On this day we celebrate the feast of St. Toribio de Mogrovejo.
"If a single person symbolized paradigmatically colonial Christendom, it would be Toribio de Mogrovejo, the heroic Archbishop of Lima during the sixteenth century."
--A History of the Church in Latin America: Colonialism to Liberation (1492-1979), by Enrique Dussel, Wm. B. Eerdmans Publishing Company, 1981.
Dussel, who is described by his translator as "liberation theology's principal historian and ethicist", points out that, "Latin American church history as a science is very recent, and works like those of Valencia on Toribio de Mogrovejo . . . are very rare." Page xv.
Jeffrey Klaiber, S.J., also mention Valencia (and Dussel) in the bibliography following his entry on "Mogrovejo, Toribio Alfonso de" in Gerald H. Anderson's Biographical Dictionary of Christian Missions, Eerdmans, 1999. Unfortunately, Valencia's book has not been translated into English.
There is a shortage of information about Toribio in English. He was not the Grand Inquisitor of Spain, as some claim, although he was "juez principal de la Inquisición en Granada". And it was not unusual for a layman--a lawyer--to be appointed to a position as an inquisitor. And it was not surprising that the chief judge of the Inquisition at Granada should be rushed through minor orders and ordained and consecrated and sent out by King Philip II and Pope Gregory XIII as the second Archbishop of Lima.
The Inquisition was well-established in Latin America when Archbishop Toribio arrived in 1581, aged 42.
"While the Holy Office of the Inquisition might be seen as an ecclesiastical institution, in reality it functioned more as a branch of royal government. Many of the inquisitors were not priests but rather were canon lawyers and others with training in canon law and procedure.
"The Holy Office focused mostly on the suppression of heresy and of violations of the sacraments. . . . Political thought was considered merely one manifestation of religious thought. As a result, the Inquisition functioned as a tool for the maintenance of the homogeneity of the body politic. Other cases heard by the Inquisition included bigamy . . ., sexual solicitation by priests of women in confession . . . , and heresy." Page 86.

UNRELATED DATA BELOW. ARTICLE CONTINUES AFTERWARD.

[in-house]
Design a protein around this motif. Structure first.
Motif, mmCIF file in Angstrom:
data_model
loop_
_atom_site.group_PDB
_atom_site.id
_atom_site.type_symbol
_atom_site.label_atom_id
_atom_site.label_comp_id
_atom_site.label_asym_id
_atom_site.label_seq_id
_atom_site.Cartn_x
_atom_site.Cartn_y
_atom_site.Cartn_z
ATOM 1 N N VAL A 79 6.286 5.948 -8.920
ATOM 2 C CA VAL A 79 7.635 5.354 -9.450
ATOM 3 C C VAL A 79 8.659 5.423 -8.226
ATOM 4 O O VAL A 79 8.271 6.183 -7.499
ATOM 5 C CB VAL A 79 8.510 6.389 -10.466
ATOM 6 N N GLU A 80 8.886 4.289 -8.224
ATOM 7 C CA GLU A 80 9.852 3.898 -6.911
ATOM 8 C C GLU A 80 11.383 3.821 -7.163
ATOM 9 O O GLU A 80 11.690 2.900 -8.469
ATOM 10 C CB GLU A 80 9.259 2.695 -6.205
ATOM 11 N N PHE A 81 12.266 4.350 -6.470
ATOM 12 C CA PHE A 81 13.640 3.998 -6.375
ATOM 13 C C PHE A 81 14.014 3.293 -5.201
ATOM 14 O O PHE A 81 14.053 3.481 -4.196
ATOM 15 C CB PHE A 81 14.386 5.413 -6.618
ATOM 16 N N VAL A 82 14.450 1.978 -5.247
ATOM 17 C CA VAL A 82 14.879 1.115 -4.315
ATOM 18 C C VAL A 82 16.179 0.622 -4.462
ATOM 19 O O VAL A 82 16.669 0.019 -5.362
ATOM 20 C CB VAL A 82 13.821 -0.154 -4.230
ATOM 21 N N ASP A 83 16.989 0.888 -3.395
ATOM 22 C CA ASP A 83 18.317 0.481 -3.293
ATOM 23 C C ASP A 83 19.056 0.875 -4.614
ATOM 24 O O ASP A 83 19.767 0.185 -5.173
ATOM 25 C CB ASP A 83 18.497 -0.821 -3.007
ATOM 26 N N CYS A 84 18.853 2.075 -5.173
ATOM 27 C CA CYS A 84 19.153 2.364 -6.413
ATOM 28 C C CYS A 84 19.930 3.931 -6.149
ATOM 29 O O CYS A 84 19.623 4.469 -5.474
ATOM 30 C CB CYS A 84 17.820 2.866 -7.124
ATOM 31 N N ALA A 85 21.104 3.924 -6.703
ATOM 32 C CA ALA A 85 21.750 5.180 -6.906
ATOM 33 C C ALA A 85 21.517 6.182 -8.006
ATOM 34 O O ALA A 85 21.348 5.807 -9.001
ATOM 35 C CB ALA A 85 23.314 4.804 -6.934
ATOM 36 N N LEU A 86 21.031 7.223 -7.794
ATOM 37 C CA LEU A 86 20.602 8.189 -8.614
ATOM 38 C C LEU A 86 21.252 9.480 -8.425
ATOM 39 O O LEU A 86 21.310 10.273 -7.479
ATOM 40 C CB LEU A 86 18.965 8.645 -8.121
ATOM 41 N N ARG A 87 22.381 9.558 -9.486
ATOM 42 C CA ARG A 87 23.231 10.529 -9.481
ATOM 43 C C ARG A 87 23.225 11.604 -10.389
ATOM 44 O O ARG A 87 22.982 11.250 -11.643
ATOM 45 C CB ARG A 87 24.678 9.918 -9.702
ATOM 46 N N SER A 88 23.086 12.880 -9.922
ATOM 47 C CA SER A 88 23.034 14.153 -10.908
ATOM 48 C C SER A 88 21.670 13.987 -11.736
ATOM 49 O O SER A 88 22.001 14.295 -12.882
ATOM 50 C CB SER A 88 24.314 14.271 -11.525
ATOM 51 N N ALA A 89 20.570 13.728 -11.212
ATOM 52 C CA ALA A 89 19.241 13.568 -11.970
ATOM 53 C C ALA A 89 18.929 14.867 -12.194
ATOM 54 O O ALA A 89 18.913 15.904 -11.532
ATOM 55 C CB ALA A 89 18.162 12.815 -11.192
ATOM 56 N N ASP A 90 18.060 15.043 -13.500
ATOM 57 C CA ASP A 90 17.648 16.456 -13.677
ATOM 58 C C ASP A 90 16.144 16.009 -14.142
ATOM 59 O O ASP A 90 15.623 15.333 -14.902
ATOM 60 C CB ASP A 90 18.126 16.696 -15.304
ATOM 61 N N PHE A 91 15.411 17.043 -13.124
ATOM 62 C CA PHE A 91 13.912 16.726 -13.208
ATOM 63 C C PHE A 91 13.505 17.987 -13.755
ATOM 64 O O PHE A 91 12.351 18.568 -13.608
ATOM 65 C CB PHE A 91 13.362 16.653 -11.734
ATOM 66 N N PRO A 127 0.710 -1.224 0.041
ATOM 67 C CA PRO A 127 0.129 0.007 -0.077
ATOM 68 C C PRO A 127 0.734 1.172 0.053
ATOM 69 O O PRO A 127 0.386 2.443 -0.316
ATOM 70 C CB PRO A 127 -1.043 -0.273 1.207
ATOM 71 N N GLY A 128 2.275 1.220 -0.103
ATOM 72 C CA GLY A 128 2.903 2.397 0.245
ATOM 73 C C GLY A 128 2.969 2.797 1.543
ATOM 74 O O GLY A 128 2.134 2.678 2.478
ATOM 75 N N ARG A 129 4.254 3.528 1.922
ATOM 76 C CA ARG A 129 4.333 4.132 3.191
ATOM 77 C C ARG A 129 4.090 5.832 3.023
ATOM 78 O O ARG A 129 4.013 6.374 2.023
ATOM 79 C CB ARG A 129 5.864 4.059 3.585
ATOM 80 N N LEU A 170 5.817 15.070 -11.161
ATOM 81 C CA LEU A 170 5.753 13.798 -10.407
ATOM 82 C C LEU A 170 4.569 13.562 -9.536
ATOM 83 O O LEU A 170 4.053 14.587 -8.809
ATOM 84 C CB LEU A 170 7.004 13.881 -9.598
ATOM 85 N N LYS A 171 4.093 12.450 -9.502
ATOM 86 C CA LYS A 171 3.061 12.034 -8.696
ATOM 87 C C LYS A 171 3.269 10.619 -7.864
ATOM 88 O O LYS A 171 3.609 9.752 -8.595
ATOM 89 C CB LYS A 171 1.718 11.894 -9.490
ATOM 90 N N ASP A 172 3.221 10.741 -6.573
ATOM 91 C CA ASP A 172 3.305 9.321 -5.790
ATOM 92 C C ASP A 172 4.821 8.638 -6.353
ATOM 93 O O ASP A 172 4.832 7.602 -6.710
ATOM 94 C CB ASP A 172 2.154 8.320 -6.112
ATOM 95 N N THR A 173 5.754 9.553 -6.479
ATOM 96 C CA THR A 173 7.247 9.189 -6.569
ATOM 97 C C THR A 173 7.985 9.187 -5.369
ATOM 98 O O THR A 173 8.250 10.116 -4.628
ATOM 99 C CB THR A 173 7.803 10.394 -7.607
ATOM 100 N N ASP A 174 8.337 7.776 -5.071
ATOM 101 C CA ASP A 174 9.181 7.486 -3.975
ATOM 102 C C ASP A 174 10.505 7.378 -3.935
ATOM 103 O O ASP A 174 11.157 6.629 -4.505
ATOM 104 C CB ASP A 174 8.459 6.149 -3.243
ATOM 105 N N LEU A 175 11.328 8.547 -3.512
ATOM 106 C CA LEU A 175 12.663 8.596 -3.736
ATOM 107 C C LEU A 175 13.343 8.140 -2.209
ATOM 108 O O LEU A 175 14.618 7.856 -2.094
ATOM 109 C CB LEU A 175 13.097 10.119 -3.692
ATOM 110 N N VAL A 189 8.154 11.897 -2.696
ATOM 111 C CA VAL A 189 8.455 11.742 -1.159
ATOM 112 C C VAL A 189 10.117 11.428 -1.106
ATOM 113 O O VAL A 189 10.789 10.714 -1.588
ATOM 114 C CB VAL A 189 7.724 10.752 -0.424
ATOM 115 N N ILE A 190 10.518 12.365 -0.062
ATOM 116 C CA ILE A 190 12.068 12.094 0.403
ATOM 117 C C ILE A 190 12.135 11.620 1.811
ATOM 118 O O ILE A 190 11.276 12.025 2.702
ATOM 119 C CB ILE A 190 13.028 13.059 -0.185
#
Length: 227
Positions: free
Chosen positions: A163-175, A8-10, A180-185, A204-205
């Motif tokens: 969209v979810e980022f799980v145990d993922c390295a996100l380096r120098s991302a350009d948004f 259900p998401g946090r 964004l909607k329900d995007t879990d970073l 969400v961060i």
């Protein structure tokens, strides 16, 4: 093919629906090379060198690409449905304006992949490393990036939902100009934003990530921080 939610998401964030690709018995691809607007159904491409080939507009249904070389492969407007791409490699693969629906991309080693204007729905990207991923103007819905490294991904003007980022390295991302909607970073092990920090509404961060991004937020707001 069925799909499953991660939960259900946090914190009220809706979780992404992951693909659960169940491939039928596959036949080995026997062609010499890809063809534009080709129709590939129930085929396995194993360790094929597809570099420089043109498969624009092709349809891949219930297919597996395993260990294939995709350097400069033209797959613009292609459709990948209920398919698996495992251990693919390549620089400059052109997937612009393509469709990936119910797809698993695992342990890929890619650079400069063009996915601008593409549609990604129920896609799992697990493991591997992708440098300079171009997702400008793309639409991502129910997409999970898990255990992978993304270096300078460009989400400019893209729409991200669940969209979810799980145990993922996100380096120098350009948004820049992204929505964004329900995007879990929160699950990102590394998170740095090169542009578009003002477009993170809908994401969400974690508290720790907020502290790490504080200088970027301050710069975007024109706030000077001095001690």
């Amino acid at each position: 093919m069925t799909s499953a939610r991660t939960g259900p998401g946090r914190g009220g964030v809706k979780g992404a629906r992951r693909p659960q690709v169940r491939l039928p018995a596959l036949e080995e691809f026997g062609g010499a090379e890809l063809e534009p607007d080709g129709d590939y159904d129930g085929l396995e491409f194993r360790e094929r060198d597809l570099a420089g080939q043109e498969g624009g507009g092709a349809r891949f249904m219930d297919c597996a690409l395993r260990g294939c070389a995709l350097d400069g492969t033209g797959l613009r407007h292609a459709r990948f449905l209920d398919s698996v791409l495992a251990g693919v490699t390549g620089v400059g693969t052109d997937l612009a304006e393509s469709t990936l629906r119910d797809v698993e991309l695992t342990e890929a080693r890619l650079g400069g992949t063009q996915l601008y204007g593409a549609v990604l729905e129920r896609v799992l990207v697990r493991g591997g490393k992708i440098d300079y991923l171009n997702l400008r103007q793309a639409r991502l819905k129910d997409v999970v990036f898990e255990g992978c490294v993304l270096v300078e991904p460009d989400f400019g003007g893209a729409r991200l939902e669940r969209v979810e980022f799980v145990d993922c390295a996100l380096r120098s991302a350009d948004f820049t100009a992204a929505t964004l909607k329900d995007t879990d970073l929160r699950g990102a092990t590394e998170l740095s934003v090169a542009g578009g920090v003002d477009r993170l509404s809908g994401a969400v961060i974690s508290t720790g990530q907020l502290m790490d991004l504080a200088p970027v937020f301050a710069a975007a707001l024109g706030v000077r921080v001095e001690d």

-- The History of the Catholic Church in Latin America: From Conquest to Revolution and Beyond by John Frederick Schwaller, New York University Press, 2011. Search terms: Peru, inquisition.
Archbishop Toribio occupied his time with other matters. "One of his first actions was to call the third Lima council, held between 1582 and 1583. This council, considered the most important of all colonial councils in South America, drew together eight bishops from Colombia to Chile and twenty-two theologians and religious superiors. The principal issue on the agenda of the council was how to evangelize the Indians more effectively. The council produced legislation that influenced all subsequent church councils even into the nineteenth century. The council also produced a catechism in three languages, Spanish, Quechua, and Aymara. In general the council emphasized the importance of preaching in the languages of the Indians and using gentle persuasion."
--Klaiber, page 466.
Dussel draws parallels between the Medell'n Conference of 1968 and the "Third Provincial Council of Lima, which Toribio de Mogrovejo celebrated in 1582 - 1583. The major difference is that the Second General Conference of Latin American Bishops was continental, and the Council of Lima was only for the immense archdiocese of Mogrovejo. Further, the third Council of Lima was the 'American Trent' with a Tridentine theology and pastoral, while the second General Conference of Medell'n was the 'Vatican II of Latin America' with a theology of liberation and a missionary pastoral." Page 147.
For a picture of the cultural and religious setting in which the new Archbishop of Lima found himself in 1581, see Inquisition: The Reign of Fear, by Toby Green, Thomas Dunne Books, 2009. Search term: Peru.
Click here for a short video (in Spanish) about Santo Toribio de Mogrovejo. At 1:05 it shows him with two saints he confirmed, Rose of Lima and Martin de Porres.